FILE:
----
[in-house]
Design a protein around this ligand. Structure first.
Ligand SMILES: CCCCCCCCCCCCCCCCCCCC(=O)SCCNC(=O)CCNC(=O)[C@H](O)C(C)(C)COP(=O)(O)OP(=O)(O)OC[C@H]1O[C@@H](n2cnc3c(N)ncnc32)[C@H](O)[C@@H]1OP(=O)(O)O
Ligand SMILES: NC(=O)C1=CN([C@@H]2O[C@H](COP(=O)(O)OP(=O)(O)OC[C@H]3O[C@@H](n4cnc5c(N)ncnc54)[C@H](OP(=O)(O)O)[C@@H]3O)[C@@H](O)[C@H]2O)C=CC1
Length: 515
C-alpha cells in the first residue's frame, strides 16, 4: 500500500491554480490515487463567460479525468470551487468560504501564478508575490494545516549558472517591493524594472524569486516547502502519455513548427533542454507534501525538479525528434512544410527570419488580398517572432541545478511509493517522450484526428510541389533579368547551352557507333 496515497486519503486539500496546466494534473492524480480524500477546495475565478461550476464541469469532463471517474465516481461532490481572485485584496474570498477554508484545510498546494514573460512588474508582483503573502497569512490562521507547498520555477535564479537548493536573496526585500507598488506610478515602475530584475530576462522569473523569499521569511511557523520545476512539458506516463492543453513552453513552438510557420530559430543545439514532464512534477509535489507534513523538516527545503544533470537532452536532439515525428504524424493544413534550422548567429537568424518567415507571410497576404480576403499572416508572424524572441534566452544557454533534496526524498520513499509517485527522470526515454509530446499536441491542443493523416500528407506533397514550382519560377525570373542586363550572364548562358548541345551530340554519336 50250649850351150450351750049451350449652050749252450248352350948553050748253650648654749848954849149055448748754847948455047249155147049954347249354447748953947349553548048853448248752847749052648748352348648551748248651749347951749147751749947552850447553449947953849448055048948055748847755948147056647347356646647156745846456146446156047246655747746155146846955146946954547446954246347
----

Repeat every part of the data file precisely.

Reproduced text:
[in-house]
Design a protein around this ligand. Structure first.
Ligand SMILES: CCCCCCCCCCCCCCCCCCCC(=O)SCCNC(=O)CCNC(=O)[C@H](O)C(C)(C)COP(=O)(O)OP(=O)(O)OC[C@H]1O[C@@H](n2cnc3c(N)ncnc32)[C@H](O)[C@@H]1OP(=O)(O)O
Ligand SMILES: NC(=O)C1=CN([C@@H]2O[C@H](COP(=O)(O)OP(=O)(O)OC[C@H]3O[C@@H](n4cnc5c(N)ncnc54)[C@H](OP(=O)(O)O)[C@@H]3O)[C@@H](O)[C@H]2O)C=CC1
Length: 515
C-alpha cells in the first residue's frame, strides 16, 4: 500500500491554480490515487463567460479525468470551487468560504501564478508575490494545516549558472517591493524594472524569486516547502502519455513548427533542454507534501525538479525528434512544410527570419488580398517572432541545478511509493517522450484526428510541389533579368547551352557507333 496515497486519503486539500496546466494534473492524480480524500477546495475565478461550476464541469469532463471517474465516481461532490481572485485584496474570498477554508484545510498546494514573460512588474508582483503573502497569512490562521507547498520555477535564479537548493536573496526585500507598488506610478515602475530584475530576462522569473523569499521569511511557523520545476512539458506516463492543453513552453513552438510557420530559430543545439514532464512534477509535489507534513523538516527545503544533470537532452536532439515525428504524424493544413534550422548567429537568424518567415507571410497576404480576403499572416508572424524572441534566452544557454533534496526524498520513499509517485527522470526515454509530446499536441491542443493523416500528407506533397514550382519560377525570373542586363550572364548562358548541345551530340554519336 50250649850351150450351750049451350449652050749252450248352350948553050748253650648654749848954849149055448748754847948455047249155147049954347249354447748953947349553548048853448248752847749052648748352348648551748248651749347951749147751749947552850447553449947953849448055048948055748847755948147056647347356646647156745846456146446156047246655747746155146846955146946954547446954246347